Love the Sinner, Hate the Sin

  • Love the Sinner, Hate the Sin
  • Matthew 7:1-5
  • Bill Couch
  • June 7, 2015
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6-7-15 from LakeRidge UMC on Vimeo.



This morning we come to the conclusion of our series of messages entitled “Half Truths in a World that Needs the Whole Truth”. We want to acknowledge Adam Hamilton, pastor of the Church of the Resurrection in Kansas City for stimulating our thoughts about these sermons.

We have examined some Christian clichés that many people think are in the Bible. None of these statements is found in the Bible:

“Everything happens for a reason.”

“God won’t give you more than you can handle.”

“God helps those who help themselves”

There is a kernel of truth in each of those statements, but the way they are typically interpreted contradicts key principles taught in the Bible. If you missed any of those messages I encourage you to go to our web site where you can read, watch or listen to the sermons. Or you can order a CD or DVD at our media table in the foyer of the sanctuary.

Today we look at another half truth: “Love the sinner. Hate the sin.” That quotation sounds good at first glance and many of us have used it. Let’s probe a little deeper and see if it is in line with the teachings of the Bible. Let’s look at the words of Jesus about judging others.
1 “Do not judge, or you too will be judged. 2 For in the same way you judge others, you will be judged, and with the measure you use, it will be measured to you. 3 “Why do you look at the speck of sawdust in your brother’s eye and pay no attention to the plank in your own eye? 4 How can you say to your brother, ‘Let me take the speck out of your eye,’ when all the time there is a plank in your own eye? 5 You hypocrite, first take the plank out of your own eye, and then you will see clearly to remove the speck from your brother’s eye.
Matthew 7:1-5

“Love the Sinner. Hate the Sin.” It sounds gracious. The person speaking desires for it to come across this way: “I want you to know how much I love you, and because of that I’m concerned about something you are doing.” The person receiving the statement hears it this way: “I’m a compassionate guy, but let me make it perfectly clear that I don’t accept or approve your behavior.” It is difficult for you to feel loved when I’m telling you how much I hate your sin.

Jesus confronted a group who hated the sin of adultery. Let’s listen to how Jesus handled this situation:

2 At dawn he appeared again in the temple courts, where all the people gathered around him, and he sat down to teach them. 3 The teachers of the law and the Pharisees brought in a woman caught in adultery. They made her stand before the group 4 and said to Jesus, “Teacher, this woman was caught in the act of adultery. 5 In the Law Moses commanded us to stone such women. Now what do you say?” 6 They were using this question as a trap, in order to have a basis for accusing him. But Jesus bent down and started to write on the ground with his finger. 7 When they kept on questioning him, he straightened up and said to them, “If any one of you is without sin, let him be the first to throw a stone at her.” 8 Again he stooped down and wrote on the ground. 9 At this, those who heard began to go away one at a time, the older ones first, until only Jesus was left, with the woman still standing there. 10 Jesus straightened up and asked her, “Woman, where are they? Has no one condemned you?” 11 “No one, sir,” she said. “Then neither do I condemn you,” Jesus declared. “Go now and leave your life of sin.” John 8:2-11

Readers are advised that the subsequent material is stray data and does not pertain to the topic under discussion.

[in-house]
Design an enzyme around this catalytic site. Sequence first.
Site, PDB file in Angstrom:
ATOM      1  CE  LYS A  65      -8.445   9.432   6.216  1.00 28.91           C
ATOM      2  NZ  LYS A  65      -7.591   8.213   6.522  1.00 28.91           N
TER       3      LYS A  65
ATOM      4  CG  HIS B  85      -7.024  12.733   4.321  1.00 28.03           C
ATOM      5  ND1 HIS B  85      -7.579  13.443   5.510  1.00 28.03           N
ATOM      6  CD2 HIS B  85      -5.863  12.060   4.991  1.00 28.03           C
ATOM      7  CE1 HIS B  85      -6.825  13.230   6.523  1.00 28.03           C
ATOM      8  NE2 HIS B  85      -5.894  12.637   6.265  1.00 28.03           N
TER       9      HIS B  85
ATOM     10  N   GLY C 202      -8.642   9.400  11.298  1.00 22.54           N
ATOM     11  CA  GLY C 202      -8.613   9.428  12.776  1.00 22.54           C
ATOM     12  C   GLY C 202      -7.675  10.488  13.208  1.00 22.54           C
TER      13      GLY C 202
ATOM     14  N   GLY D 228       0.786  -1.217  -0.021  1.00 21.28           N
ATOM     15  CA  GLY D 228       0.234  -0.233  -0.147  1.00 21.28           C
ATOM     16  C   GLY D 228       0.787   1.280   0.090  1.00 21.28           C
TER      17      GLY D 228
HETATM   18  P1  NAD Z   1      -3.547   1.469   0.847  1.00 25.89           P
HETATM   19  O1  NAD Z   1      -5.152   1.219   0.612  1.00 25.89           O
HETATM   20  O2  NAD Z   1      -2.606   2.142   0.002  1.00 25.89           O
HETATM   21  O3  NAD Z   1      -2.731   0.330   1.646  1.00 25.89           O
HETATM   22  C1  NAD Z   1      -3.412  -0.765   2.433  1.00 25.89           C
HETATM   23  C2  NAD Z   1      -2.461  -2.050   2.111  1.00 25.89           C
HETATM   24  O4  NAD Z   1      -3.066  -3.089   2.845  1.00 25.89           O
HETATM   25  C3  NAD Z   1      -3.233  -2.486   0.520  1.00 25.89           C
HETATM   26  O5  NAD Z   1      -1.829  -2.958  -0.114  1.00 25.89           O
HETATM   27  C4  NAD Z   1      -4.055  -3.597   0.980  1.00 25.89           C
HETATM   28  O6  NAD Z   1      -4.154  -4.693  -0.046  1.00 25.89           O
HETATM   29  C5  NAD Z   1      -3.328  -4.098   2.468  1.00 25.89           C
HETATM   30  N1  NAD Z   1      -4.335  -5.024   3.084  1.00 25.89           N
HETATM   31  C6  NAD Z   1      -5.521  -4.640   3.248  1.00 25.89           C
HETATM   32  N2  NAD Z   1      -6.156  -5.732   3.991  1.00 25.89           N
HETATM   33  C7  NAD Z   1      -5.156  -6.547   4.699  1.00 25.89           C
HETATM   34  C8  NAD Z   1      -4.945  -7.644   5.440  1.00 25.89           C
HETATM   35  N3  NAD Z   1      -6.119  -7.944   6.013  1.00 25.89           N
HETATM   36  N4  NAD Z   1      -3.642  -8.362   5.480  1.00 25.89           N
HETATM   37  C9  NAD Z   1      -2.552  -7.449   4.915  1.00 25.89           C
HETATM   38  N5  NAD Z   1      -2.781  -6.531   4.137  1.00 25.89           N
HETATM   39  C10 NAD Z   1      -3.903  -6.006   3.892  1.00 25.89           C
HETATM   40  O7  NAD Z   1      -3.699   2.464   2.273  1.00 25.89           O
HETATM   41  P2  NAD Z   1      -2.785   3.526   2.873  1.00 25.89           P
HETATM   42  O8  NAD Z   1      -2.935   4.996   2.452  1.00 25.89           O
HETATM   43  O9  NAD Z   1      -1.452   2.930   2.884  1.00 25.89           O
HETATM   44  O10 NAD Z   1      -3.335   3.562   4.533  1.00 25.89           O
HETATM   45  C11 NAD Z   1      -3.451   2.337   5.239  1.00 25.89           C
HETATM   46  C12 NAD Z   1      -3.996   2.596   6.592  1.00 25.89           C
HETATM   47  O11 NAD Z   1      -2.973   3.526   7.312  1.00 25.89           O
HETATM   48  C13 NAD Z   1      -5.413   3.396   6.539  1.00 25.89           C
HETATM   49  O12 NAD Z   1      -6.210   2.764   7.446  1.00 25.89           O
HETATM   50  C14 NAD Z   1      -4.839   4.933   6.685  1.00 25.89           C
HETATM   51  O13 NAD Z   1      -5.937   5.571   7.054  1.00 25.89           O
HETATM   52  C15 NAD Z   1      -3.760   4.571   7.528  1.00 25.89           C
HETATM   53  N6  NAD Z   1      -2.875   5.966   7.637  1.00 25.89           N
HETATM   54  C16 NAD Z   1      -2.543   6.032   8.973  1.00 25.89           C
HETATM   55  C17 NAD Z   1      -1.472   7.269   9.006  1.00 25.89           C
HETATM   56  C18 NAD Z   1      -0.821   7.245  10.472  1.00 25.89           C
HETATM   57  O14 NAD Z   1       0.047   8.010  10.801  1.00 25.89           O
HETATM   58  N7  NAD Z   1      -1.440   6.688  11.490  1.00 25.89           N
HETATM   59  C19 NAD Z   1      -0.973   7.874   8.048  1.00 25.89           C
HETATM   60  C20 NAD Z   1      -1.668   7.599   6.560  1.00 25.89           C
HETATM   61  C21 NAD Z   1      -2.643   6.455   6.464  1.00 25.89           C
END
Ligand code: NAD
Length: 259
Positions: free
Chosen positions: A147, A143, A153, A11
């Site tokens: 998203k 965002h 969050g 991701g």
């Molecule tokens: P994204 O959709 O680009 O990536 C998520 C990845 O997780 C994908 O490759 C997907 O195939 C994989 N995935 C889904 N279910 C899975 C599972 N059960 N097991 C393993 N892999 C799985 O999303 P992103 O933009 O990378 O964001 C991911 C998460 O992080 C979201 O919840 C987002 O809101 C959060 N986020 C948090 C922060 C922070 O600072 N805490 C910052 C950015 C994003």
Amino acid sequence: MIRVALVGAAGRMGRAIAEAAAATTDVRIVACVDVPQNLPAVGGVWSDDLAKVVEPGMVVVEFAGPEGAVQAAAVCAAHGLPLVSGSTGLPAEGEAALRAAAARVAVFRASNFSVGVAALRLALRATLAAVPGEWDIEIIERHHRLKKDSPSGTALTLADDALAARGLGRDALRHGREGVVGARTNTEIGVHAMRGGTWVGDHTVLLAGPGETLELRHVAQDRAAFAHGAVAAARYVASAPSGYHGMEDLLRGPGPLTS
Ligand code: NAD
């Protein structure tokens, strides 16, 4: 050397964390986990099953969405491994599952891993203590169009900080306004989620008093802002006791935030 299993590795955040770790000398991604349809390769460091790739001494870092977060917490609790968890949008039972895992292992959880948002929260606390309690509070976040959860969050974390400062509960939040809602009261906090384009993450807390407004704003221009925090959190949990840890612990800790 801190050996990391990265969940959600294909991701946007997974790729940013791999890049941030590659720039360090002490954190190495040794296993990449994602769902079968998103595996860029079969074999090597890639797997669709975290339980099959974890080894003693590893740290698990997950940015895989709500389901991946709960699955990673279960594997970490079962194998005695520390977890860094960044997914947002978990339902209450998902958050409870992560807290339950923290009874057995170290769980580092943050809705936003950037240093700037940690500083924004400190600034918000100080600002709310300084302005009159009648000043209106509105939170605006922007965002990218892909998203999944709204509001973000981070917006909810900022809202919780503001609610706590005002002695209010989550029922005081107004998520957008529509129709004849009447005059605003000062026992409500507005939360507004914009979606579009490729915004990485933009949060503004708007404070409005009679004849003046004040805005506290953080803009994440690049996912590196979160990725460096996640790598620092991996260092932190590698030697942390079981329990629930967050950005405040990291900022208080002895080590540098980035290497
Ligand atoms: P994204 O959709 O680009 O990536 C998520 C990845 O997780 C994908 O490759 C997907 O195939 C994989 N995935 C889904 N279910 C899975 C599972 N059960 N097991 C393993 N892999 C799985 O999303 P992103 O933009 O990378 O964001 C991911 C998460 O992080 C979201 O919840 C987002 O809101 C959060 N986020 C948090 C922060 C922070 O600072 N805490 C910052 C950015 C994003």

Can you imagine this group without Jesus’ intervention? “We love you lady, but we hate your sin of adultery so we are going to kill you.” Whack! The rocks start flying. It does not feel like love. She feels judged and condemned. That is how someone feels when we say, “I love you but I hate your sin.”

“I love you but I hate your sin of drunkenness.” Whack!

“I love you but I hate your sin of materialism.” Whack!

“I love you but I hate your sin of gossip.” Whack!

“I love you but I hate your sin of not caring for the poor.” Whack!

“I love you but I hate your sin of not tithing!’ Whack! Did you know that is on the sin list!! It is!!

It is hard for you to feel loved when I’m pointing out your sin. You feel judged and condemned. The real problem is that when I am focusing on your sin, it is hard for me to look honestly at myself. Judging others is a diversion—it keeps me from becoming aware of my own sinfulness and need to repent and experience forgiveness and grace. I begin to feel superior. I am better than you are. At least I don’t have your sin!! Jesus said, “Do not judge, or you too will be judged.” When we are judging others we forget that we are under judgment too! “All have sinned and fallen short of the glory of God.” (Romans 3:23)

Jesus told a parable about how this works:


9 To some who were confident of their own righteousness and looked down on everybody else, Jesus told this parable:
10 “Two men went up to the temple to pray, one a Pharisee and the other a tax collector.
11 The Pharisee stood up and prayed about himself: ‘God, I thank you that I am not like other men–robbers, evildoers, adulterers–or even like this tax collector.
12 I fast twice a week and give a tenth of all I get.’
13 “But the tax collector stood at a distance. He would not even look up to heaven, but beat his breast and said, ‘God, have mercy on me, a sinner.’
14 “I tell you that this man, rather than the other, went home justified before God. For everyone who exalts himself will be humbled, and he who humbles himself will be exalted.” Luke 18:9-14 (NIV)


The Pharisee was very aware of the tax collector’s sins, but oblivious to his own sins of pride and self-righteousness. The tax collector was focused on his own sinfulness and need of forgiveness—not judging anyone else. He left the temple forgiven. The Pharisee left with a false sense of his own goodness by comparing himself to a “sinner”.

In our scripture reading at the beginning of this message, Jesus said that when we focus on pointing out someone else’s sin, we are trying to remove the speck in their eye while ignoring the plank or log in our own eye. Jesus said, remove the log out of your own eye before you try to point out the one in someone else’s eye. The truth is that we always have a plank in our own eye. The closer we get to Christ, the more aware we become of our own sinfulness and need for abundant grace. As we mature in Christ he delivers us from our sin  and continues to reveal to us more and more areas of our lives where we need his transforming grace: busyness, our worry, our lack of trust, our failure to care for the poor. We’ve always got a plank that we need to let Jesus be removing from our eyes and quit worrying about what’s in our brother’s eye.